The right hand next grasps the thread at the bottom end and bringing both hands on a level plane slowly pull the thread horizontally causing the ball to unwind revealing the restoration.

It would, of course, be possible to do the first restoration with the concealed ball and ball of torn pieces hidden in the right hand, and do the pass over move described above, after the restoration when passing the thread from hand to hand in a continuous move, thus displaying both hands to be otherwise empty. I use both methods, depending upon what I feel is best for that particular performance.

The right hand releases the end it is holding and smoothes out the wrinkles in the thread by pulling it through the thumb and fingertips a few times. This will be more effective if there is some moisture present on the tips of these digits which if dry could be remedied by touching them with the tongue, but personally I do not like using the mouth, other than for talking, when performing.

You now repeat the effect by breaking the thread in pieces as before. This time the right hand takes the visible pieces and the ball of broken pieces together and making them into a single ball by rolling them together between the thumkfcand finger tips.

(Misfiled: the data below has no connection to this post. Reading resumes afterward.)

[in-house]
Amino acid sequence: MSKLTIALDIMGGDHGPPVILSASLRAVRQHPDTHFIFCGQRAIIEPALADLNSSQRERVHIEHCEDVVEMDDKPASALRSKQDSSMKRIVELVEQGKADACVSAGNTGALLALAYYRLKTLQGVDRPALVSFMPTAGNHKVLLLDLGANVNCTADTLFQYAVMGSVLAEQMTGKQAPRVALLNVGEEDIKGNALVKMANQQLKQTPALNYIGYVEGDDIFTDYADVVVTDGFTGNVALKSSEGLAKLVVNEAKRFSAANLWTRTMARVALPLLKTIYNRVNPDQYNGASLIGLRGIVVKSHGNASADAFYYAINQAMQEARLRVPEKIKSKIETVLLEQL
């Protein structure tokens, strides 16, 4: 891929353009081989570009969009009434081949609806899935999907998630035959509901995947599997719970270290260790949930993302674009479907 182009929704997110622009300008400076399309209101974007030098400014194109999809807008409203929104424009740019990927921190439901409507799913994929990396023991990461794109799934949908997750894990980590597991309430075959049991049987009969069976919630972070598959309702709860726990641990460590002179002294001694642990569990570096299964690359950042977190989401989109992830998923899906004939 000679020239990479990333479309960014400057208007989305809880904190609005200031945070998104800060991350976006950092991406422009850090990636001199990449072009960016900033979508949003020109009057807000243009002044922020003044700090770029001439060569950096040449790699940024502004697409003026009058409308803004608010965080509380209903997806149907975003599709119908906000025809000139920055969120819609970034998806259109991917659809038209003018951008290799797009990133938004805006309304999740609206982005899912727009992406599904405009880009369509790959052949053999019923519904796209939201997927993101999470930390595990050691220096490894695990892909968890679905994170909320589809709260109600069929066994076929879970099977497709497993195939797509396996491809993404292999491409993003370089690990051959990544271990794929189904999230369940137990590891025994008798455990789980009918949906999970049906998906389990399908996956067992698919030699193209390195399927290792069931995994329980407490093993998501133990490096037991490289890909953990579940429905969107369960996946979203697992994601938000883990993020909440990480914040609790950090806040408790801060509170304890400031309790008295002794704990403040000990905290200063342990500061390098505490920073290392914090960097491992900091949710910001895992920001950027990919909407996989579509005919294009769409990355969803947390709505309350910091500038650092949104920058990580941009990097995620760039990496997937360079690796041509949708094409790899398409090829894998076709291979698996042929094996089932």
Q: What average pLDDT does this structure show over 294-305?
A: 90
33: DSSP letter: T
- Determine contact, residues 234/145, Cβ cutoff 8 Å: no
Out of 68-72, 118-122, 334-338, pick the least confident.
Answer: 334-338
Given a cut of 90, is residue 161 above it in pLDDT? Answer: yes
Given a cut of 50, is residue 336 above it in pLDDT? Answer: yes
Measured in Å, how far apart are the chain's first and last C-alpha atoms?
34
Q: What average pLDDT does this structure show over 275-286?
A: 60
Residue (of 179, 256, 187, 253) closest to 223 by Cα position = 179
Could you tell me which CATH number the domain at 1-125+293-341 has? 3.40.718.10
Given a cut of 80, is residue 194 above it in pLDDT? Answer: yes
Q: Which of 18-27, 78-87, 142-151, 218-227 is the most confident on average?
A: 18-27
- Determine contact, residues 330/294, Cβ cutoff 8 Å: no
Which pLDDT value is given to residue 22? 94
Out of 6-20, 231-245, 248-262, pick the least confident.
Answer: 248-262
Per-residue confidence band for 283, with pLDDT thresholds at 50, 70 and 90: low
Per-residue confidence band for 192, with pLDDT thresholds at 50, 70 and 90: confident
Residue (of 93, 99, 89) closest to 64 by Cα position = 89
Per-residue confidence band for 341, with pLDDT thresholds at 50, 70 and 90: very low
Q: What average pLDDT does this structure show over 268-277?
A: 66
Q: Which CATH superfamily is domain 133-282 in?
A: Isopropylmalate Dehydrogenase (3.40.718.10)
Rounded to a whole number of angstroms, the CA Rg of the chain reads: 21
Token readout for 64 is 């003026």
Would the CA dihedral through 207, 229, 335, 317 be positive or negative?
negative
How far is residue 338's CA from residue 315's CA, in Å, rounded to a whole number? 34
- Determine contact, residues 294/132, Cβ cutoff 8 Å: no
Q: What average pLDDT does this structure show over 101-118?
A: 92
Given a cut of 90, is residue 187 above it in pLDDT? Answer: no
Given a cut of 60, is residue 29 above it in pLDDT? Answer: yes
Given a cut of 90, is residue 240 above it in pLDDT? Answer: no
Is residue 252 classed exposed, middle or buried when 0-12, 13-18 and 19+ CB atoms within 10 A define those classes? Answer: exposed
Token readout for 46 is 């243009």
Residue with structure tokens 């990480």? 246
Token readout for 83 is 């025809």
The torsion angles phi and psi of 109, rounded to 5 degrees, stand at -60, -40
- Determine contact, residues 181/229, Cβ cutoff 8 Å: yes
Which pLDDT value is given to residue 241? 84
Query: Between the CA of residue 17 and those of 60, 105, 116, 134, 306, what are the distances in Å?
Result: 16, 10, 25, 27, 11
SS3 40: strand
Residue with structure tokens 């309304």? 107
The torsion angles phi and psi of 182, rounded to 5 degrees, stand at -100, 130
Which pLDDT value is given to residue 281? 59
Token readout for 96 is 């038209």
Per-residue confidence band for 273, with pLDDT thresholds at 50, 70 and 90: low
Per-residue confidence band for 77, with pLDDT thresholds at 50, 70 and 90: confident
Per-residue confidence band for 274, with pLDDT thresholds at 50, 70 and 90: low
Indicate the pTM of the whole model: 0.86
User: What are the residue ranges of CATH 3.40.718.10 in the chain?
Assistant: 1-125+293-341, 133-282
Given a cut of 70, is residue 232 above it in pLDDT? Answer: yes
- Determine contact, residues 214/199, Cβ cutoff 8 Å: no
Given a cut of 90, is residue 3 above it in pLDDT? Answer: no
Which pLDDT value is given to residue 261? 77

Continue as in the classic method by pressing this ball onto the thread piece in the left hand, exchanging the two balls and complete the trick for the second time.

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Fundamentals of Magick

Fundamentals of Magick

Magick is the art and practice of moving natural energies to effect needed or wanted change. Magick is natural, there is absolutely nothing supernatural about it. What is taught here are various techniques of magick for beginners. Magick is natural and simple and the techniques to develop abilities should be simple and natural as well. What is taught on this site is not only the basics of magick, but the basics of many things.